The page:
> If you are referring to
> http://thread.gmane.org/gmane.science.biology.informatics.conductor/43660
>
> in which I had offered some small changes to parallel::pvec
>
> 	https://gist.github.com/3757873/
>
> and after which Martin had provided me with a route I have not (yet?)
> followed toward submitting a patch to R for consideration by R-devel /
> Simon Urbanek in
>
> http://grokbase.com/t/r/bioc-devel/129rbmxp5b/applying-over-granges-and-oth
> er-vectors-of-ranges#201209248dcn0tpwt7k7g9zsjr4dha6f1c
>
>
>
>
>>>> On Tue, Oct 23, 2012 at 12:13 PM, Steve Lianoglou <
>>>> mailinglist.honeypot_at_gmail.com**> wrote:
>>>>
>>>>   In response to a question from yesterday, I pointed someone to the
>>>>> ShortRead `srapply` function and I wondered to myself why it had to
>>>>> necessarily by "burried" in the ShortRead package (aside from it
>>>>> having a `sr` prefix).
>>>>>
>>>>
>>> I don't know that srapply necessarily 'got it right'...
>
>
> One thing I like about srapply is its support for a reduce argument.
>
>>>>> I had thought it might be a good idea to move that (or something like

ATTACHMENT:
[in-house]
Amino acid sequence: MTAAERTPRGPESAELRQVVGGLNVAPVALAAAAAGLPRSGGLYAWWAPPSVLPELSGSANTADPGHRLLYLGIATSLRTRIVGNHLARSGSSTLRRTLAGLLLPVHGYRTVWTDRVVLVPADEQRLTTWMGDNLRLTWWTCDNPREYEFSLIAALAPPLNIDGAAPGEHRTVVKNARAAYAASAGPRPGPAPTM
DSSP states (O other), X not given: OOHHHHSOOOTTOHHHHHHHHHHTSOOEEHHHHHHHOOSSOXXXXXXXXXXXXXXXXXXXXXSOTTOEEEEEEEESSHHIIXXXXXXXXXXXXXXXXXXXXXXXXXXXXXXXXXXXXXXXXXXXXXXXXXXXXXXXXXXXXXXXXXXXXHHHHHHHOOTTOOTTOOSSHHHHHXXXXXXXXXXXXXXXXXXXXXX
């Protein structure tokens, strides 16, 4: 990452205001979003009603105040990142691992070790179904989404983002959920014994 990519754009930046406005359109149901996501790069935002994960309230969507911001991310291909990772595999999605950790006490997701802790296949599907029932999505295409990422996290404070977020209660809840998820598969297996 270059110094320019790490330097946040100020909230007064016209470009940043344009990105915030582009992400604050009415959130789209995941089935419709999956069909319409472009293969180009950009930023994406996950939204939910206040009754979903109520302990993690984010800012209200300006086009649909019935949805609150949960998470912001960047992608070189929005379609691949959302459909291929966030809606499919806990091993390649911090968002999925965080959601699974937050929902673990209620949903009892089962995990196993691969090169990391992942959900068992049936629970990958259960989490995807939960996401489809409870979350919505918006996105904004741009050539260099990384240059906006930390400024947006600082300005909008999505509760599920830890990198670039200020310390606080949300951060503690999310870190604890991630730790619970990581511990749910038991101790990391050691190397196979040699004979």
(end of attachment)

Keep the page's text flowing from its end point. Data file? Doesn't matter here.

>>>>> that) to BiocGenerics (unless implementations aren't allowed there)
>>>>> but also realized that it would add more dependencies where someone
>>>>> might not necessarily need them.
>
>
>>>>>
>>>>> But, almost surely, a large majority of the people will be happy to do
>>>>> some form of ||-ization, so in my mind it's not such an onerous thing
>>>>> to add -- on the other hand, this large majority is probably enriched
>>>>> for people who are doing NGS analysis, in which case, keeping it in
>>>>> ShortRead can make some sense.
>
> I remain confused about the need for putting any of this into BiocGenerics
> at all.  It seems to me that properly construed parallization primitives
> ought to 'just work' with any object which supports indexing and length.
>
> I would appreciate hearing arguments to the contrary.
>
> Florian, in a similar vein, could we not seek to change
> parallel::makeCluster to be extensible to, say, support SGE cluster?  THis
> seems like the 'right thing to do'.  ???
>
>
> Regardless, I think we have raised some considerations that might inform
> improvements to parallel, including points about error handling, reducing
> results, block-level parallization over List/Vector (in addition to
> vector), etc.
>
> I think perhaps having a google doc that we can collectively edit to
> contain the requirements we are trying to achieve might move us forward
> effectively. Would this help? Or perhaps a page under